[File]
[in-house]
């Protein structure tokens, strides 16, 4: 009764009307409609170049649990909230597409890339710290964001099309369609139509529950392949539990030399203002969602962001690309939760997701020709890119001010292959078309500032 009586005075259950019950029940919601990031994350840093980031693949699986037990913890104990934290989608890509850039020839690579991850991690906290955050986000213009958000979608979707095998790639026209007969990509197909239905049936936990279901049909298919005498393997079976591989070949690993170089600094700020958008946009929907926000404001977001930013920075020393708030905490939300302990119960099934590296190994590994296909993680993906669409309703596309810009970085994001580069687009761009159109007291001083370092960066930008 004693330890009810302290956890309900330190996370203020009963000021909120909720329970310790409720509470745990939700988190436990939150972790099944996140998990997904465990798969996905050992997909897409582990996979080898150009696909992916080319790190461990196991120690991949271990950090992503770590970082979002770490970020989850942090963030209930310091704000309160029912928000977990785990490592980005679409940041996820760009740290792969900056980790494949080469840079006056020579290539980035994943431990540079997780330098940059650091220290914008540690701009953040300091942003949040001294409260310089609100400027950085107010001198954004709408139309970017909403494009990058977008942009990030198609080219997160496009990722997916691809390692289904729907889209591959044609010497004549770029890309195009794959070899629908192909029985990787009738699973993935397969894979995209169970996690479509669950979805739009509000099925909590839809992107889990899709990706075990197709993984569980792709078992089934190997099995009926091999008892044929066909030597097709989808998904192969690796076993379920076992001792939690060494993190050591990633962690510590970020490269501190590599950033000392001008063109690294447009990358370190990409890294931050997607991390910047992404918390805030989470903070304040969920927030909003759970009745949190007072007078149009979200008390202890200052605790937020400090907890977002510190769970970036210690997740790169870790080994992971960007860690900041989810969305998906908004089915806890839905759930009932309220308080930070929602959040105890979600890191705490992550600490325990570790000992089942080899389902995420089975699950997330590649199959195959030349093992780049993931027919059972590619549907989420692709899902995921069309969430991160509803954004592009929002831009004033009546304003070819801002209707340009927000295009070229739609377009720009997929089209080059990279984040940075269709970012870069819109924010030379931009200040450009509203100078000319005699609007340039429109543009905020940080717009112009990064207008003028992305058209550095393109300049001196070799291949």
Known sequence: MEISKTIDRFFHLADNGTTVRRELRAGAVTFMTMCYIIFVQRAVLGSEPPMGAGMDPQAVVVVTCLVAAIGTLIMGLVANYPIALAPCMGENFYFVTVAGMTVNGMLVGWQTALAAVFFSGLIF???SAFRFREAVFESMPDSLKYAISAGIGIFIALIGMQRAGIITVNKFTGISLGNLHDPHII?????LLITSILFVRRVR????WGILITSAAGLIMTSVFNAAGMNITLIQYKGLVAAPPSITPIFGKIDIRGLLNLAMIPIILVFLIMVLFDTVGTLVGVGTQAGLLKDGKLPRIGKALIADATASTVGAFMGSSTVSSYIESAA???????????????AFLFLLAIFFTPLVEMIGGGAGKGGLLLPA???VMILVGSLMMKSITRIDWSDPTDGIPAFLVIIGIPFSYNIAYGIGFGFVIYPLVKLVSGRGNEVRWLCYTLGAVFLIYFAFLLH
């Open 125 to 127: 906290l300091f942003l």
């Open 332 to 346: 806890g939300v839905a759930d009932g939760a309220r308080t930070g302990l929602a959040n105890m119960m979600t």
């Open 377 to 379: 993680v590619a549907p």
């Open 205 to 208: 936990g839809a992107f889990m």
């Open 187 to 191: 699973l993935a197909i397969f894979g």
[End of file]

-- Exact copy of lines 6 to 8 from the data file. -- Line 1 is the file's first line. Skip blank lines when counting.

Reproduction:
């Open 377 to 379: 993680v590619a549907p």
């Open 205 to 208: 936990g839809a992107f889990m």
């Open 187 to 191: 699973l993935a197909i397969f894979g």